I wanted something light and easy to read. A happy memoir, if that existed. That’s when I remembered an article I read several weeks go on how moms in their forties were reinventing how to stay happy in a marriage with kids…and writing about it. I got out my IPhone and Googled the article. The author mentioned four popular memoirs. I bought three: Devotion, The Slippery Year and The Happiness Project.

The good news is I have been reading them these past few days. And I’ve been reading faster than normal (which makes me wonder if someone should study the effects of 600 mg of Motrin every 6 hours on a dyslexics’s reading).

The bad news from reading these memoirs is this: I discovered I’m middle-aged.

Of course I know I’m forty-four, but at no time have I ever considered myself middle-aged. Could I really be in the middle of my life? How did that happen? I have noticed the sag here and there, but in general I don’t wake up thinking I’m mid-life. Yet when I read these books that’s about all they talk about – how annoying people now are at mid-life, how at mid-life that trip to Target that your child begs for is the last thing in the world you want to do so you sometimes lie and say Target closed early today, and how your brain cannot remember anything beyond the dog’s name at mid-life.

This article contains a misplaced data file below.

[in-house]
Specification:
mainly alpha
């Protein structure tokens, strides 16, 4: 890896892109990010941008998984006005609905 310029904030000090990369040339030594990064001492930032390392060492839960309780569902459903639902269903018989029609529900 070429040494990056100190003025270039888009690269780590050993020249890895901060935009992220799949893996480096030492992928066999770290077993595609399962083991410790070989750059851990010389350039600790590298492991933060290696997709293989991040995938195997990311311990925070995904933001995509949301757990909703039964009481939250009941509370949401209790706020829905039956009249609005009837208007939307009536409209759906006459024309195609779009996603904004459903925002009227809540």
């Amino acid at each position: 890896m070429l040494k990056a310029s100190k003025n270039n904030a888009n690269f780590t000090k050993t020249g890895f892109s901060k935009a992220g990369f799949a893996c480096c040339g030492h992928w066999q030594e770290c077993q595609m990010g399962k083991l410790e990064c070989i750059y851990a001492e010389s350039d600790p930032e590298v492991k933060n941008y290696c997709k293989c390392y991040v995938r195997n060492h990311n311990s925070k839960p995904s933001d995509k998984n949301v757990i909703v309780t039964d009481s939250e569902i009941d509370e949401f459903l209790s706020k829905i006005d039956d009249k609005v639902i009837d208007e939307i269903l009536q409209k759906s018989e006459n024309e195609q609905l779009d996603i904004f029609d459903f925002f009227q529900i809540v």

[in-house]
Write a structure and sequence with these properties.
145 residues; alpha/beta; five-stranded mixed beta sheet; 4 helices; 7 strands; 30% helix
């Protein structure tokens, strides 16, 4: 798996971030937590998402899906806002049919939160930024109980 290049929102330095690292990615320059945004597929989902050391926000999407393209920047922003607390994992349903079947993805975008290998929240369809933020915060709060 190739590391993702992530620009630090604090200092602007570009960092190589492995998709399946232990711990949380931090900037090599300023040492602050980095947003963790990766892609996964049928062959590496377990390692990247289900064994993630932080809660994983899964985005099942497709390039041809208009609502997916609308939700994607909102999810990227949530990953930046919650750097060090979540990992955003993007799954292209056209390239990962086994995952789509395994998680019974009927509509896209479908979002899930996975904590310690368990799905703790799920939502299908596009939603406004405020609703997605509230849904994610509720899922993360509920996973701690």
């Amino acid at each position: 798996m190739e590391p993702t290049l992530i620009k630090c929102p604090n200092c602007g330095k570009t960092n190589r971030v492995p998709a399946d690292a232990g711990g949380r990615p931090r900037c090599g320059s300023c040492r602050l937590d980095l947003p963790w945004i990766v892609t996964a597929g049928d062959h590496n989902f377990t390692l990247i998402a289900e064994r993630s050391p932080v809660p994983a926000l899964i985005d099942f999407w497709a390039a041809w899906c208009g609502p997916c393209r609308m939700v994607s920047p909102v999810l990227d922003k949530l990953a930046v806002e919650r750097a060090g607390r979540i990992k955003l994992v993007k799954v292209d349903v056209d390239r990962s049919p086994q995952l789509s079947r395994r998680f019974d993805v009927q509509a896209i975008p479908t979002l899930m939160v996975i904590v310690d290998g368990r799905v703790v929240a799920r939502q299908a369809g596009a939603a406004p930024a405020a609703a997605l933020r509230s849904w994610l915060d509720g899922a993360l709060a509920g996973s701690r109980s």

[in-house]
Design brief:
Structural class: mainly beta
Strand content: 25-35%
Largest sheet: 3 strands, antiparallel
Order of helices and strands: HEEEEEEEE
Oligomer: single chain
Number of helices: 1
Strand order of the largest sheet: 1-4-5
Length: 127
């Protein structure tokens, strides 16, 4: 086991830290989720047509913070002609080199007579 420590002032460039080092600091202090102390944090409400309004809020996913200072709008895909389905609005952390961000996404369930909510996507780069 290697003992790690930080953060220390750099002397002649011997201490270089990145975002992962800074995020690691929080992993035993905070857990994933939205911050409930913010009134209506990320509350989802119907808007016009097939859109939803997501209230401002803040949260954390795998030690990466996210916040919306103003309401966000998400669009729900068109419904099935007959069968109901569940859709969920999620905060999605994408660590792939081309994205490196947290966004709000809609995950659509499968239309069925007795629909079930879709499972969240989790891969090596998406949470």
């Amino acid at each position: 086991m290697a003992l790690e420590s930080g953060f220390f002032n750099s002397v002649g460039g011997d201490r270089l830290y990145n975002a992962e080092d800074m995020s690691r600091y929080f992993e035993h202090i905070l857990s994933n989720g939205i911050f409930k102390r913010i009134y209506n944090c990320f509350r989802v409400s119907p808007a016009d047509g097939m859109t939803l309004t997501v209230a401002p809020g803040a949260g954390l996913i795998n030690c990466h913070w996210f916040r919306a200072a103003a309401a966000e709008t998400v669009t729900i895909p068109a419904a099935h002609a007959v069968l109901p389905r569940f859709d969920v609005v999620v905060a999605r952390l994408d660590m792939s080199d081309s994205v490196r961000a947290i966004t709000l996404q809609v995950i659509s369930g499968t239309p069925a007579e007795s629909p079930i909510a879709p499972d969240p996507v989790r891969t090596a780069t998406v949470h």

The book I’m enjoying the most is The Slippery Year by Melanie Gideon. She is a riot. I can’t stop laughing at her observations like her relationship with her husband who snores alot. Here’s an excerpt:

Snoring is just snoring. But there’s a medical diagnosis for the twitching. PLMD – Periodic Limb Movement Disorder. As a result of my husband’s PLMD I have developed IWTFKYD – I Want to Fucking Kill You Disorder. All my girlfriend’s have it. They may not admit it, but they do. It’s a silent epidemic.

I am laughing-out-loud while reading this book so much that I’m now thinking of myself as middle-aged and liking it. And I’m not thinking about my swelly post-hysterectomy belly and how uncomfortable it is to get up and pee in the middle of the night. Thank you, Melanie.

And thank you Hysterectomy for the gift of having time to read.